By: Dr. Al Sears, MD
You could see the response in the room as I said it.
“Cholesterol is good for you.”
You could tell they had never looked at it quite that way. People stopped what they were doing and started commenting and talking about it.
And they started taking photos and videos of me.
I was a little startled. I felt like I was on stage at a rock concert there for a second.
I was giving my lecture and slide show on P.A.C.E. in the grand ballroom of the Shangri-La in Kuala Lumpur.
I showed hundreds of doctors and dignitaries why P.A.C.E is the first anti-aging exercise program, and how it can reverse many of the symptoms of aging and strengthen your heart.
When I got to the part about P.A.C.E. raising HDL cholesterol, and how cholesterol is a good thing, the buzz and the flashes started.
I recovered after a few seconds, though, and continued.
“I want you to have cholesterol. You need it. Life without cholesterol is miserable. You will be weak, slow, frail, and impotent.”
I was able to raise my patient Terri’s HDL cholesterol by 33%. Doctors at the anti-aging conference were shocked.
I showed them this slide, of how I was able to raise my patient Terri’s HDL up to a much healthier range by doing P.A.C.E. In fact, we raised her HDL 33%.
They were shocked I was raising the cholesterol of one of my patients.
But I wasn’t done. I told the crowd that the higher your cholesterol is, the better your life is. You’ll live longer, and the quality of your life will be better. Because you need cholesterol to make vitamin D, to make sex steroids, and to make the membrane of your cells and your brain.
I related a study from the prestigious medical journal The Lancet. Researchers looked at 724 people and followed them for 10 years. They found that higher cholesterol meant a lower chance of dying from any cause.(1)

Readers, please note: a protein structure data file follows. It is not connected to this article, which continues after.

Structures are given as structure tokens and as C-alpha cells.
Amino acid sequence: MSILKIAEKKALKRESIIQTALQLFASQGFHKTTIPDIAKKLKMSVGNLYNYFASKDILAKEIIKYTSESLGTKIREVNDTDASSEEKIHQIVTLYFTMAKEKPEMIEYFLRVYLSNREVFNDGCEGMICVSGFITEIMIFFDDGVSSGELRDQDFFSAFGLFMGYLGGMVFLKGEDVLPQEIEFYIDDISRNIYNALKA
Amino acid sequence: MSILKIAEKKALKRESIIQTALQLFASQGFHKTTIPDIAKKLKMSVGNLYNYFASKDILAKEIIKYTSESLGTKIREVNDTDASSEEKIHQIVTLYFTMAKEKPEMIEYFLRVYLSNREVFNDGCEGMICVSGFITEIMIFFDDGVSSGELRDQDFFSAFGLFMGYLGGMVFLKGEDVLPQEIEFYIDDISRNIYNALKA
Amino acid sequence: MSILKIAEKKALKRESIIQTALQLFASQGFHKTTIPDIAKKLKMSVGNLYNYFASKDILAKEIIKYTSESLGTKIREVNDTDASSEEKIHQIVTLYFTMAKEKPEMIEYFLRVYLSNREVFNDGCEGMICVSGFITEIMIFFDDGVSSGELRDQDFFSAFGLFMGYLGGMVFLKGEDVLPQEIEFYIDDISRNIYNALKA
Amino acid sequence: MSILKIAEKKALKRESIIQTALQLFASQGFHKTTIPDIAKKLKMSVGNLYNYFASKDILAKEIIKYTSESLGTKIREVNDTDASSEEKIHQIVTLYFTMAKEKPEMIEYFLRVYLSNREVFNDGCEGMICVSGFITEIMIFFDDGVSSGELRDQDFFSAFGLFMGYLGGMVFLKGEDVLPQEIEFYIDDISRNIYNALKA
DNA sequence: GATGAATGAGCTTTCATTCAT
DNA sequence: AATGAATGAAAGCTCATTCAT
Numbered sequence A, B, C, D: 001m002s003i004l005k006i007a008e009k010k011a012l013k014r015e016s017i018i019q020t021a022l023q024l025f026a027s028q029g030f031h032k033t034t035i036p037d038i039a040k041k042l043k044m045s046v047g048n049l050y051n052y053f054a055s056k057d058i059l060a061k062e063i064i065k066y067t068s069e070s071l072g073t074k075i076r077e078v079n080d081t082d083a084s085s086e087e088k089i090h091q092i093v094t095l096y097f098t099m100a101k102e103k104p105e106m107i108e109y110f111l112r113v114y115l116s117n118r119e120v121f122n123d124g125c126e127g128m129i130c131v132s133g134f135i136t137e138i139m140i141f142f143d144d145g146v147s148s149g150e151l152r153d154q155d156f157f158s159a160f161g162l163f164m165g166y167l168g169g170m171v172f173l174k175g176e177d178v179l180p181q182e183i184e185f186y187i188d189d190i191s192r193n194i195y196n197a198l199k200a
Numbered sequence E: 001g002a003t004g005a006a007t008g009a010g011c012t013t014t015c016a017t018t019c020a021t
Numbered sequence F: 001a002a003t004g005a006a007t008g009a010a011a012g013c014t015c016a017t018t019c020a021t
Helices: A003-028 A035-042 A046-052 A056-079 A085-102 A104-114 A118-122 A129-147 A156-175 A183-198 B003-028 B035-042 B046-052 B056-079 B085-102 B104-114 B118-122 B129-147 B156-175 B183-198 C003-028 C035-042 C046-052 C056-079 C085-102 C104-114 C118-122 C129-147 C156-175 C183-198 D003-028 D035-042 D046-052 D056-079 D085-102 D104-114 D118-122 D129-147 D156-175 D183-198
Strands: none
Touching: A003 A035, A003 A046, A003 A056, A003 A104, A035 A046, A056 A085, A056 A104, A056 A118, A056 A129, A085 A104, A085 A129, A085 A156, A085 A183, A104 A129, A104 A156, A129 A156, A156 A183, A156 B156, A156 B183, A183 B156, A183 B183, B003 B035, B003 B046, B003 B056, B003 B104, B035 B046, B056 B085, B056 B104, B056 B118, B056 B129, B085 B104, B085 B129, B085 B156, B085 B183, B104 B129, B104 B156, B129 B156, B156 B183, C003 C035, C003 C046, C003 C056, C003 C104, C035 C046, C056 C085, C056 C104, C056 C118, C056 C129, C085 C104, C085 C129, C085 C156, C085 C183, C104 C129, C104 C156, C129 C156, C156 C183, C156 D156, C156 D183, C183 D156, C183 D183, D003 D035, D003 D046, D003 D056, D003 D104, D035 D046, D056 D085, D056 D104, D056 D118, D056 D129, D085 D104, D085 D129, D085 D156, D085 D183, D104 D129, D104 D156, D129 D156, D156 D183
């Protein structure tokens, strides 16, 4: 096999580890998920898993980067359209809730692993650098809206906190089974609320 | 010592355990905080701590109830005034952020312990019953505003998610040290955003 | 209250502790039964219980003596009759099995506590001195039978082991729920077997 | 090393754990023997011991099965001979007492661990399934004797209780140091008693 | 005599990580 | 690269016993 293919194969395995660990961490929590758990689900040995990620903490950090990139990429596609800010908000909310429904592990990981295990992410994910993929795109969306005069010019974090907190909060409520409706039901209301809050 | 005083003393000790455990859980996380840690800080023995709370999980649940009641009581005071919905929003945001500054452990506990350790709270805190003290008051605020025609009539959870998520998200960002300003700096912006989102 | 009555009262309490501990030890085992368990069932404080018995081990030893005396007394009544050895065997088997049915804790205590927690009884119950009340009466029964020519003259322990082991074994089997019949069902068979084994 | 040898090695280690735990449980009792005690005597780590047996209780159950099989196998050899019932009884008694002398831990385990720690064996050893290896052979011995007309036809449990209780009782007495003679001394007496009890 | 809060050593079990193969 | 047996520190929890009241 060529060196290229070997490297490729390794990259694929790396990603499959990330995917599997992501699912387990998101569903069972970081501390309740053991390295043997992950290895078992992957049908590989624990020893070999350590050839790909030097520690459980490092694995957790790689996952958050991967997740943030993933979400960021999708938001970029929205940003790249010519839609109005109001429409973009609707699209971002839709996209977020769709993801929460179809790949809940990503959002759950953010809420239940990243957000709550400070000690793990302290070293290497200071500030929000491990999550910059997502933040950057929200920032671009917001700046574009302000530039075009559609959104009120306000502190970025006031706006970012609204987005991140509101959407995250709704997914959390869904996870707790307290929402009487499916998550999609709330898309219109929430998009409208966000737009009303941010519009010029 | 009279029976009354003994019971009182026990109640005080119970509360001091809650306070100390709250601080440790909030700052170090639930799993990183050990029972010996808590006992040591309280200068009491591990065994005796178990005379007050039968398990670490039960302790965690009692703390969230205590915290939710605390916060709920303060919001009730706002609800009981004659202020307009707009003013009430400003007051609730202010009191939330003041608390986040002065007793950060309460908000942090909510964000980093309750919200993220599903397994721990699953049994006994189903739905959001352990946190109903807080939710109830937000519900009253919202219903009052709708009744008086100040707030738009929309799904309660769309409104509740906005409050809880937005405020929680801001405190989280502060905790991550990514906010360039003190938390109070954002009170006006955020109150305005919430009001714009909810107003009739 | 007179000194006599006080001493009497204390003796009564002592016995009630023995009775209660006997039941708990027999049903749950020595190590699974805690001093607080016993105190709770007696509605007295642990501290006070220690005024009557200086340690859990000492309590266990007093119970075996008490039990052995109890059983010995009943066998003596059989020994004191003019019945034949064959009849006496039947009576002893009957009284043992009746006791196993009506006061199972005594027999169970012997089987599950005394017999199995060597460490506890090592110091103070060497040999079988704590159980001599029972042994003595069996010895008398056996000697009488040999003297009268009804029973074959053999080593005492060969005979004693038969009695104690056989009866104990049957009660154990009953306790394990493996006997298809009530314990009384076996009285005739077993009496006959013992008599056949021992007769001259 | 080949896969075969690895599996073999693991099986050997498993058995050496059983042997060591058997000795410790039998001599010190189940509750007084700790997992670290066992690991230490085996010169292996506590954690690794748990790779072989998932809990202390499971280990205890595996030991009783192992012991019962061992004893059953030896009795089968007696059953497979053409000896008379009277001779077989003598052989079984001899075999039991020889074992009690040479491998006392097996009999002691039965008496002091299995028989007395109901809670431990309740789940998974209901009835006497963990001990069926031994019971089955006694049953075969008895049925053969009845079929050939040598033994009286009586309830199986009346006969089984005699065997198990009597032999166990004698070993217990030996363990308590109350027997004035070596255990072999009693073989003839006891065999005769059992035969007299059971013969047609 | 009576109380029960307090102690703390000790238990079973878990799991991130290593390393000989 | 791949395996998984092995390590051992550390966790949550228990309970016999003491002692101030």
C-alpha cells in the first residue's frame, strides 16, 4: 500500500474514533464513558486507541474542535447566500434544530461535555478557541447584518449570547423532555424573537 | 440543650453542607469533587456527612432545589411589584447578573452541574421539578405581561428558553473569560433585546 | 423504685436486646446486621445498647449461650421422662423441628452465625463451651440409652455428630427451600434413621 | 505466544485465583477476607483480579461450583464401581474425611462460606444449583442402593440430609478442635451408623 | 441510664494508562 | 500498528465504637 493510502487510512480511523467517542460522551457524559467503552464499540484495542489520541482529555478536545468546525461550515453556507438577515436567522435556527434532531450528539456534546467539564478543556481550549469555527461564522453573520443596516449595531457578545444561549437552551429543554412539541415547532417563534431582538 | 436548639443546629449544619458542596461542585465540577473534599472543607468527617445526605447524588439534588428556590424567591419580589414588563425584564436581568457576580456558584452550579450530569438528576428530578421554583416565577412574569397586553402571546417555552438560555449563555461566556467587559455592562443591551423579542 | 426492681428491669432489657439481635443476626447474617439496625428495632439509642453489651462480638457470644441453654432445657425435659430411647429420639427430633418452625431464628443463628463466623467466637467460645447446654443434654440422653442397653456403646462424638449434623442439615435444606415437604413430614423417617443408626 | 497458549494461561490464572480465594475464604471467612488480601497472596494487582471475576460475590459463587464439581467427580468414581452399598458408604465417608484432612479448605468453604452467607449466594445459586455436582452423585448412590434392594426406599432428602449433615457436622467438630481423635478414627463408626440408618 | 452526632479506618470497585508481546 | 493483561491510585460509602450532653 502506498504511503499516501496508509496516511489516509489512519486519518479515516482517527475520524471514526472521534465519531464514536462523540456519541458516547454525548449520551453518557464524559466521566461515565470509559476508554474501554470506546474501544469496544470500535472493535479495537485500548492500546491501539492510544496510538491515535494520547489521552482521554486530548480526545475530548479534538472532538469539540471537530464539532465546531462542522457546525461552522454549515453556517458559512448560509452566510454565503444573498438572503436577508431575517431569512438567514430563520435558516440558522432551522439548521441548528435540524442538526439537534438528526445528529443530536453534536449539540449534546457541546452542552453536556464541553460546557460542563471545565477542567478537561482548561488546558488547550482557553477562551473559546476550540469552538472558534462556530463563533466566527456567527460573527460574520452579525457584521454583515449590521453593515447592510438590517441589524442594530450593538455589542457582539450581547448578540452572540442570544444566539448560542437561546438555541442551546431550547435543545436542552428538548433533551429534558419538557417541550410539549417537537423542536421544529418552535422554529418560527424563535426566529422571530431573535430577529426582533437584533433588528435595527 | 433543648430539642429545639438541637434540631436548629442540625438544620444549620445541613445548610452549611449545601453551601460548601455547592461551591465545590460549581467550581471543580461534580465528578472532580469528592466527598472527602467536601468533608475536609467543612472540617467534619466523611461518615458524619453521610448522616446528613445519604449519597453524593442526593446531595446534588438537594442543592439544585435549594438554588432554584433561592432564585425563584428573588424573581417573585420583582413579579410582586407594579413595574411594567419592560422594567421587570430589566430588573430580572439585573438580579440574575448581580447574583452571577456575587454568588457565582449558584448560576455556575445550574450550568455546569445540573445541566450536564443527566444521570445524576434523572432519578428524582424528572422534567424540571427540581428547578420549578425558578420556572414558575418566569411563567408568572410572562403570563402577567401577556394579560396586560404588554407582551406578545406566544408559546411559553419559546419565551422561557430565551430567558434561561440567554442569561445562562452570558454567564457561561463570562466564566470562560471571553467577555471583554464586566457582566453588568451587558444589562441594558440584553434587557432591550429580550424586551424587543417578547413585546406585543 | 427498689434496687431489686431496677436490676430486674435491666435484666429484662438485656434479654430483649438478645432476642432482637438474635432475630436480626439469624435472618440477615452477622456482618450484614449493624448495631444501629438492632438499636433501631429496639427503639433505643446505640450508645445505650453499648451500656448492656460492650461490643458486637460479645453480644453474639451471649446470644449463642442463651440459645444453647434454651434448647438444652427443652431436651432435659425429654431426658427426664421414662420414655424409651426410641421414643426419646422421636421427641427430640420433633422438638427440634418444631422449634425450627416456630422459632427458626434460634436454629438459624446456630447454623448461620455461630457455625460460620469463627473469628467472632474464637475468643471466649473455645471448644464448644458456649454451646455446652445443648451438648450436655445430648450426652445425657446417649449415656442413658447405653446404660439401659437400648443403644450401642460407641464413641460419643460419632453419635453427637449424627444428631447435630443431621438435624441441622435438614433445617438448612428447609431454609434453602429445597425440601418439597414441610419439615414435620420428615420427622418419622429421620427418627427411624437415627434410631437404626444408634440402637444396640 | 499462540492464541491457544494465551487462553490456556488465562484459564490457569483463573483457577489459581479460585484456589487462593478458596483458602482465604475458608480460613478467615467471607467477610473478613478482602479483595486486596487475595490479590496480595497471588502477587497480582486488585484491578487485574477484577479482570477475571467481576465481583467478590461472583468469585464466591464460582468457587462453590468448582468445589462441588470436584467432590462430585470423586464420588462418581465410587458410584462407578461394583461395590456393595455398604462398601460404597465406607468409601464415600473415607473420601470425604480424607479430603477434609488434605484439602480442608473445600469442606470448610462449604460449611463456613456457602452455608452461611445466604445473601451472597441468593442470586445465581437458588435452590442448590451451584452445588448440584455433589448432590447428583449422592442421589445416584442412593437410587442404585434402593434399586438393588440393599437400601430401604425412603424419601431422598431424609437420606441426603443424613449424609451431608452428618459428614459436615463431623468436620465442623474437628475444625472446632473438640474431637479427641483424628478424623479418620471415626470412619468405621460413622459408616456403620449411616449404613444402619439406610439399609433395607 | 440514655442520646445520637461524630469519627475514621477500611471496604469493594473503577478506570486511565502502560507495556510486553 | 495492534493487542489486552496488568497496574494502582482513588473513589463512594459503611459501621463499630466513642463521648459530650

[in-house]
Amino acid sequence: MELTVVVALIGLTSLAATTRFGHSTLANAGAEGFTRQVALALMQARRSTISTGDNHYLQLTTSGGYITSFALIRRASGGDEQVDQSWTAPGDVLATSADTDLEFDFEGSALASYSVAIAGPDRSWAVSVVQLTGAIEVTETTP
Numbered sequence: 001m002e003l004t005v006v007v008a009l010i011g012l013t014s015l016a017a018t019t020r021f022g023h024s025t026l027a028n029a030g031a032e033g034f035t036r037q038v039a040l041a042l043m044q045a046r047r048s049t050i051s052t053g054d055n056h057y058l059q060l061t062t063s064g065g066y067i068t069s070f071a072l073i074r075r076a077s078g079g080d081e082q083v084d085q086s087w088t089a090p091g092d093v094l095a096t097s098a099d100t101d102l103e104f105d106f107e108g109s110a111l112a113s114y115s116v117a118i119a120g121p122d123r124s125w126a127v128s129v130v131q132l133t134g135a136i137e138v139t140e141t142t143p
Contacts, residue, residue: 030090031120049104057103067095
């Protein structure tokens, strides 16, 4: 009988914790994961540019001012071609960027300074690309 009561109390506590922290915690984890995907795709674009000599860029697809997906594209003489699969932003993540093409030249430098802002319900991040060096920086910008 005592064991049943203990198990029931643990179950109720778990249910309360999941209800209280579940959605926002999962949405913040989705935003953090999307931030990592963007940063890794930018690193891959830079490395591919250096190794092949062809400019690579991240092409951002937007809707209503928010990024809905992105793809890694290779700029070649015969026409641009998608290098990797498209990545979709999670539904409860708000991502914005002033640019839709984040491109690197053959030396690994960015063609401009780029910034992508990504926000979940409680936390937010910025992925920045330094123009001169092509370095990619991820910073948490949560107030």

Right then, about half of them stopped listening to what I was saying so they could send the pictures and videos of me to their Facebook pages. It was surreal.
They were stunned to hear me say that cholesterol is a part of your body, and that a war on a part of you will never work.
We have this disease of inflammation that happens to act on cholesterol. So cholesterol was there at the scene, and thought to be the guilty culprit. Really, it’s the innocent victim.
Drug companies quickly engineered a pharmaceutical to stop your body from making this presumed enemy “cholesterol,” and food companies went right along.
They’ve convinced the whole world that cholesterol is an enemy in your diet. They’ve created these new foods without cholesterol and people will pay extra for them. To have nutritionally-deprived products that are devoid of cholesterol.
Mainstream doctors all around the world are getting away with lowering people’s cholesterol even if they don’t have any disease, and causing millions of people to suffer. It’s alarming. It’s Orwellian that we could have the whole world convinced and be acting on something so ignorant.
The truth is, you don’t want to remove the part of your body that the bad guys – inflammation and oxidation – are acting on. You want to protect yourself by raising your levels of the good guy, HDL.